There are more questions than answers about the 2020 season, especially as it relates to how teams will get better: The offseason program will likely be canceled in its entirety due to the coronavirus pandemic. It seems optimistic to think training camp will start on time in its normal form, so a team like the Dolphins, who are trying to acclimate new pieces quickly, may struggle. It may be a tough time to be in a rebuild but at least the Dolphins seem to understand where they are on their schedule.

Now, on to the team Grier mentioned as a guidepost for the Dolphins rebuild, the Niners team that just won the NFC and were a few plays from winning the Super Bowl. John Lynch and Kyle Shanahan, who took over the team in 2017, have become the poster children for how to quickly start building in the modern era. They have a schemelord as coach in Shanahan, and the majority of their moves have hit. They had three years of good drafts, grabbing defensive end Nick Bosa, wide receiver Deebo Samuel, linebacker Fred Warner, and tight end George Kittle, whom they added to previous first-round picks like defensive ends DeForest Buckner and Arik Armstead. They augmented the roster with crafty free agent additions like cornerback Richard Sherman and fullback Kyle Juszczyk. Both were seen as questionable signings at the time—Sherman was coming off an Achilles injury and Juszczyk was seen as an overpay as a fullback—but they each ultimately helped unlock their side of the ball. The team has continued to earn its reputation as value hunters, swapping Buckner for the Colts’ 13th overall pick just as he was due for an extension, a trade that came four years after they spent a first on him. They paid huge money for Garoppolo’s extension but structured it to be one of the more painless quarterback contracts in the league.

This is the rebuild teams have watched. Most of the league’s top teams haven’t had to undergo recent rebuilds, including the team that beat the Niners in the Super Bowl. The Chiefs did not need to rebuild the roster when Patrick Mahomes entered the lineup—they’d won double-digit games in the three previous seasons with Alex Smith. They added speedy receivers to take advantage of Mahomes’s deep-ball prowess, but the general structure of the team was already in place. No one retooled his team on the fly more than Bill Belichick, who could shift the philosophy of his team from year to year with the addition of just a few players to unlock the parts he wants to emphasize, be that Wes Welker in the slot or a player like Stephon Gilmore as a lockdown corner. The Ravens put together one of the best team-building jobs in recent memory last season to help Lamar Jackson develop into the MVP, but they did so by building on a consistently excellent franchise foundation led by a long-term coach in John Harbaugh and a steady front office, even after Ozzie Newsome’s 2019 move to executive vice president and Eric DeCosta’s promotion to general manager. The smart teams build a foundation and then they keep building good teams on top of it.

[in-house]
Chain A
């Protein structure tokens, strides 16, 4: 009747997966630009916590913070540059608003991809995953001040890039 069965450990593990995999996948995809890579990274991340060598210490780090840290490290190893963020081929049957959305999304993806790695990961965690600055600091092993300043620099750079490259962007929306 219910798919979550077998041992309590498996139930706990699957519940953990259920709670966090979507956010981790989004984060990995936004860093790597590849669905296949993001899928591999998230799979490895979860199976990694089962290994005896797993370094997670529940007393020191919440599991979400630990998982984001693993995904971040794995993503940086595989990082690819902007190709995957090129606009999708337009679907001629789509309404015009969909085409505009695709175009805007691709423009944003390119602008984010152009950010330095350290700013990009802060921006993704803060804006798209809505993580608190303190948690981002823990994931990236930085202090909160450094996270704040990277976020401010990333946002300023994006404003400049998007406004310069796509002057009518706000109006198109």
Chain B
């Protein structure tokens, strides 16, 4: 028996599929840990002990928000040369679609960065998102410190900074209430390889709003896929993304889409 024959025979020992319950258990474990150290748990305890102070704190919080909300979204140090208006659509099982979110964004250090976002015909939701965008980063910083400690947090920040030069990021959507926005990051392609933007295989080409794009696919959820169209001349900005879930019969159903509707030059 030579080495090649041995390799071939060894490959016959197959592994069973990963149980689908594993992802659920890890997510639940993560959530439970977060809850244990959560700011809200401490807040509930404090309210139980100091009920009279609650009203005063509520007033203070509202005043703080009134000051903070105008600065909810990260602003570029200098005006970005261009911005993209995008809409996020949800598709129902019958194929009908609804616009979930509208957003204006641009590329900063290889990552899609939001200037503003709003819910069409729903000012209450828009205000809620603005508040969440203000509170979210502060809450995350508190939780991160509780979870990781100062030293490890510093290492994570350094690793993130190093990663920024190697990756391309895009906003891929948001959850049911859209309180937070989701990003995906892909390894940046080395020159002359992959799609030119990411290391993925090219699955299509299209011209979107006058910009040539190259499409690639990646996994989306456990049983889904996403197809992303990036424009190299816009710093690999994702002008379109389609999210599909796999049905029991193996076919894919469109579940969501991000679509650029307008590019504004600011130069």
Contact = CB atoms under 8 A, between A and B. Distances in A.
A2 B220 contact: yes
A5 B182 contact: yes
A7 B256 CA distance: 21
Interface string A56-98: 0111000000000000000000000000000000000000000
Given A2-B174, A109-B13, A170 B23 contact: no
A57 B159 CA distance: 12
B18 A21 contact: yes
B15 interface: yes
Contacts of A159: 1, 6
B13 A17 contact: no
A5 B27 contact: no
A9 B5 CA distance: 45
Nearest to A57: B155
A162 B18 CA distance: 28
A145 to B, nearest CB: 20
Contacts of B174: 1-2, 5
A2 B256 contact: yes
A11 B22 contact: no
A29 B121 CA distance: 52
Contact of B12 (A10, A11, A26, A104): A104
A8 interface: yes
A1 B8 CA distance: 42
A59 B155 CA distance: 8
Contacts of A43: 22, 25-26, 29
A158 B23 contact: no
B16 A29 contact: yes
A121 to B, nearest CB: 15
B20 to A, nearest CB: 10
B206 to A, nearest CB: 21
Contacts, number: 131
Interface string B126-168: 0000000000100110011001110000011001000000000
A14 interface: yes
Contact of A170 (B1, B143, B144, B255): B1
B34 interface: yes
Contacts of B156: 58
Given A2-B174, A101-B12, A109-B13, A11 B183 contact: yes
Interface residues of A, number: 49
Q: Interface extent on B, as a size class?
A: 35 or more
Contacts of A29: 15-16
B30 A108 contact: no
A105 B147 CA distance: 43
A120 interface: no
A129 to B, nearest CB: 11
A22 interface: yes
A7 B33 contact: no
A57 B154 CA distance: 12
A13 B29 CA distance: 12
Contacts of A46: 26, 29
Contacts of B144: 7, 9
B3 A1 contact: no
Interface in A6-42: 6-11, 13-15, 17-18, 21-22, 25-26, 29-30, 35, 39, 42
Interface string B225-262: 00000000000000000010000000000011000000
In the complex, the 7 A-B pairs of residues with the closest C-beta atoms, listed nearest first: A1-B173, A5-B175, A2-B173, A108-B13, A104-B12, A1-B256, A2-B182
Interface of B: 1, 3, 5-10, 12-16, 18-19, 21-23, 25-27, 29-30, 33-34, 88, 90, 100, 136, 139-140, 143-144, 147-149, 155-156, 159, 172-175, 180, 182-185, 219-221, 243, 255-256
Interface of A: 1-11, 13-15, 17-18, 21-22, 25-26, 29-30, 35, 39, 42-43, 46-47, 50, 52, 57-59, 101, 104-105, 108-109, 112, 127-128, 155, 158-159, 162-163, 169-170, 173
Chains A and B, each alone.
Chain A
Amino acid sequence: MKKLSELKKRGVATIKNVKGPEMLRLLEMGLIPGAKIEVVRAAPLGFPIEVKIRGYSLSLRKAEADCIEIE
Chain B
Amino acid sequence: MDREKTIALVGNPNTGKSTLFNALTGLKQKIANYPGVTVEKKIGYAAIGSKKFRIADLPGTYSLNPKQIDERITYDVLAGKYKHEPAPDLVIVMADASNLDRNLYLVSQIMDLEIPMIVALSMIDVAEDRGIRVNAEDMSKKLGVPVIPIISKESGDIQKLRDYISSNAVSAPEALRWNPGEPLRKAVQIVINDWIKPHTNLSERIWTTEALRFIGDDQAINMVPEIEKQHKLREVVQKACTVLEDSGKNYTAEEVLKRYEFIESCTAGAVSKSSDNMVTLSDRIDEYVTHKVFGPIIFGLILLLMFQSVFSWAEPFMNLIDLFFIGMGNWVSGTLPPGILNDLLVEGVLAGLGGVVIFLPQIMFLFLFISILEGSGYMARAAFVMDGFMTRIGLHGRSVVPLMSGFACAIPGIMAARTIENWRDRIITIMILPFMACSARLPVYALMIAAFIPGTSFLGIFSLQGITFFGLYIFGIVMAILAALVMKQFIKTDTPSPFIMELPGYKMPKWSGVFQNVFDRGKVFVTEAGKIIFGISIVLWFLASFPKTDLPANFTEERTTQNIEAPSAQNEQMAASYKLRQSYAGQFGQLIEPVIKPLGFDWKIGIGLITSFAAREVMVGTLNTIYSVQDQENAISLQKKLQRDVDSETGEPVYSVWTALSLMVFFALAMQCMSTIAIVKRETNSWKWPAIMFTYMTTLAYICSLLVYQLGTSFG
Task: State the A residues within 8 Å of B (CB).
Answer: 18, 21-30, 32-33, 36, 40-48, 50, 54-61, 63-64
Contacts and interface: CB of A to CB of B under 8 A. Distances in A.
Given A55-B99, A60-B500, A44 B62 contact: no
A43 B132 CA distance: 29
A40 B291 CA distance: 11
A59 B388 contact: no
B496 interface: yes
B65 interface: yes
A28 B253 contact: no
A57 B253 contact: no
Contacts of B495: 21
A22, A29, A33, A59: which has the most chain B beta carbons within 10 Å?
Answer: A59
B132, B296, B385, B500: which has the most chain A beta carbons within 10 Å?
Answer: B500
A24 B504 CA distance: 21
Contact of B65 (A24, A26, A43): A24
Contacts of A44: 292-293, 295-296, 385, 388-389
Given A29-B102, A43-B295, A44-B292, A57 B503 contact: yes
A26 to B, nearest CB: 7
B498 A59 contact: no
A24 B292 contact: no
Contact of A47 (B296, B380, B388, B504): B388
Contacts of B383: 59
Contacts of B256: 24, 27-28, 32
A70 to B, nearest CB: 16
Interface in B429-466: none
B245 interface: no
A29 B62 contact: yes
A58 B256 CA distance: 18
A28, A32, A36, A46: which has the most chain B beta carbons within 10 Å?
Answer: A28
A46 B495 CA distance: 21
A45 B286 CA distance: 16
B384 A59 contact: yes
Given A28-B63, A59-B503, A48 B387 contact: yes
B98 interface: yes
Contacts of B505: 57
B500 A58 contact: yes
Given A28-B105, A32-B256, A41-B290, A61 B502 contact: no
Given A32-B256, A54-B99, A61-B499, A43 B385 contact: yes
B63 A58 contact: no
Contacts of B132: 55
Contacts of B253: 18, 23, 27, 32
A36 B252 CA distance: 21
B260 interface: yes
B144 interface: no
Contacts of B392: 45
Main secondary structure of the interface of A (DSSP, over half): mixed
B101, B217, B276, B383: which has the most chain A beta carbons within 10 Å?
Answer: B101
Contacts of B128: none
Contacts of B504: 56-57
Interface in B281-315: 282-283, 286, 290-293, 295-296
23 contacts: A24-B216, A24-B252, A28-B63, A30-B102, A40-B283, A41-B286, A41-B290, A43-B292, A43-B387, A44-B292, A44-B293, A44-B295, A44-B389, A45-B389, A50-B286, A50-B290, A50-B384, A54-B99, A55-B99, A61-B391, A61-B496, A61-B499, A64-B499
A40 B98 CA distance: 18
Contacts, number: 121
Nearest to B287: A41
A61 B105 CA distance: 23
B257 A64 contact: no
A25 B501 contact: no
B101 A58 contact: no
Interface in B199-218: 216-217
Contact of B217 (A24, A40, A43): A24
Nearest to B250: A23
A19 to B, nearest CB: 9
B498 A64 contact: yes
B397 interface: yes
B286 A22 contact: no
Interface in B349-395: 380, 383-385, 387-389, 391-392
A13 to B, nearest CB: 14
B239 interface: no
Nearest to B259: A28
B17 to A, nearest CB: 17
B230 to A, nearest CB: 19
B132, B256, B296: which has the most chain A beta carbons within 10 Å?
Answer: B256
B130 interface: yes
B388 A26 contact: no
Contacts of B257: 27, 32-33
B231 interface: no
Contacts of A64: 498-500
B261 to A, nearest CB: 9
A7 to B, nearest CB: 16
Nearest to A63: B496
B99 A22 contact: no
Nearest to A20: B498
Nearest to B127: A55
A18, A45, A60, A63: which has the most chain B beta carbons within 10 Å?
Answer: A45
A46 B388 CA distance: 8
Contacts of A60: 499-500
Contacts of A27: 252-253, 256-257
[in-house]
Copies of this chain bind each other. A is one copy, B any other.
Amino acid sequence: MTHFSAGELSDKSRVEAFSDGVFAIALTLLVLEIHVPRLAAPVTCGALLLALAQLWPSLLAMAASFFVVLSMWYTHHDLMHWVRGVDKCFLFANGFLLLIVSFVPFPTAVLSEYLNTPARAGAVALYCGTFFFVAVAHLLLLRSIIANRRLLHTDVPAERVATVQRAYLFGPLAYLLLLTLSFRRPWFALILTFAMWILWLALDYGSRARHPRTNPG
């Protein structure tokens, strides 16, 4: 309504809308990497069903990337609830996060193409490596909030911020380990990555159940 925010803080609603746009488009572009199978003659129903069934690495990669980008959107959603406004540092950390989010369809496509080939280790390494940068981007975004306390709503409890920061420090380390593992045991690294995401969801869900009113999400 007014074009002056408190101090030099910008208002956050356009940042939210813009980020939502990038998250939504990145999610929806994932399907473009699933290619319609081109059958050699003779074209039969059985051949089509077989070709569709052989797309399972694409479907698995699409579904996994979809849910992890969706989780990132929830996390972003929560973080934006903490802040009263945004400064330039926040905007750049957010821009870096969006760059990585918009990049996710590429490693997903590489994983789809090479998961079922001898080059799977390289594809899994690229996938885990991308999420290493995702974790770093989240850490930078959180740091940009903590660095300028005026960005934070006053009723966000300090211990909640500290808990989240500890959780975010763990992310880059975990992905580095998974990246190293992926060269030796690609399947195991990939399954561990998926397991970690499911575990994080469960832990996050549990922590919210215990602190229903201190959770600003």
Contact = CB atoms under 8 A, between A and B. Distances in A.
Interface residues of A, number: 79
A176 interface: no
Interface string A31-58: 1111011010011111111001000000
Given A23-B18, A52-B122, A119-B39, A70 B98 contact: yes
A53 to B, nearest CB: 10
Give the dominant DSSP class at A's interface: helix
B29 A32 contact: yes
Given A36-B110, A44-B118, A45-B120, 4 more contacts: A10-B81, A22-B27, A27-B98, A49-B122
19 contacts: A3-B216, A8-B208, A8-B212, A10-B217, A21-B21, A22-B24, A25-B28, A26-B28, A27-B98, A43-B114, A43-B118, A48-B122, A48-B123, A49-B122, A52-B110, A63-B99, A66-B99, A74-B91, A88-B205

The 49ers’ rebuild probably influenced another team as well: the one they beat in the NFC title game, the Green Bay Packers. The Packers are trying to do a unique type of retooling, apparently changing course despite having a star quarterback in place for the foreseeable future. The team selected Utah State quarterback Jordan Love in the first round, running back AJ Dillon in the second, a tight end in the third, and then three consecutive interior offensive linemen. They did not select any of the 35 wide receivers selected in the draft. “LaFleur watched his friend and mentor, San Francisco 49ers coach Kyle Shanahan, demolish the Packers in the NFC Championship Game with an offensive plan that featured 42 runs and just eight passes,” ESPN’s Rob Demovsky wrote after the draft. “If LaFleur needed a reminder that perhaps he strayed too far from his roots in his rookie season as head coach, that was it.” GM Brian Gutekunst said that LaFleur has mentioned repeatedly in media interviews that he wants the passing game to flow through the running game. The Packers changed the course of their franchise in the draft, much like the Eagles, who selected Oklahoma quarterback Jalen Hurts in the second round. If the Eagles believe in Hurts as a “Taysom Hill on steroids” game-changer, as reported by Yahoo’s Charles Robinson, then their offense will change this year and beyond. Neither the Eagles nor Packers are rebuilding, but retooling is a stressful experience for fans.

Leaving aside for a second any judgement on these individual picks, this type of retooling is important and probably saves teams from teardown rebuilds later, even if it hurts the team in the short term. The famed soccer manager Alex Ferguson believed teams had four-year shelf lives before they needed to be shaken up. He said he often tried to disprove his own theory by extending that window but found it to be sound. Harvard Business Review studied his team-building methods at Manchester United and said he created what amounts to five distinct championship teams over the course of his two decades in charge. “We tried to visualize the team three or four years ahead and make decisions accordingly,” Ferguson said of his shelf-life theory.

This is almost certainly true of football teams—rookie contracts run for four years, and a first-round pick’s fifth-year option balloons into a costly cap hit. A team must decide whether they want to give a player an extension—at which point he often ceases to be much of a value—or move on from him. This is the problem for a long-term rebuild: Players at the beginning of the rebuild can leave or get expensive as soon as things start to go well. That’s why the process has to be quick and smart. And stressful. Compound this with a lack of practice time compared to previous generations, which some executives think can delay a young player’s breakout, and rebuilding is a hard business. “There’s no patience,” Dave Gettleman told me about player development while he was GM of the Carolina Panthers. He said teams need to give players a third year to develop. Gettleman was fired less than a year later. There really is no patience.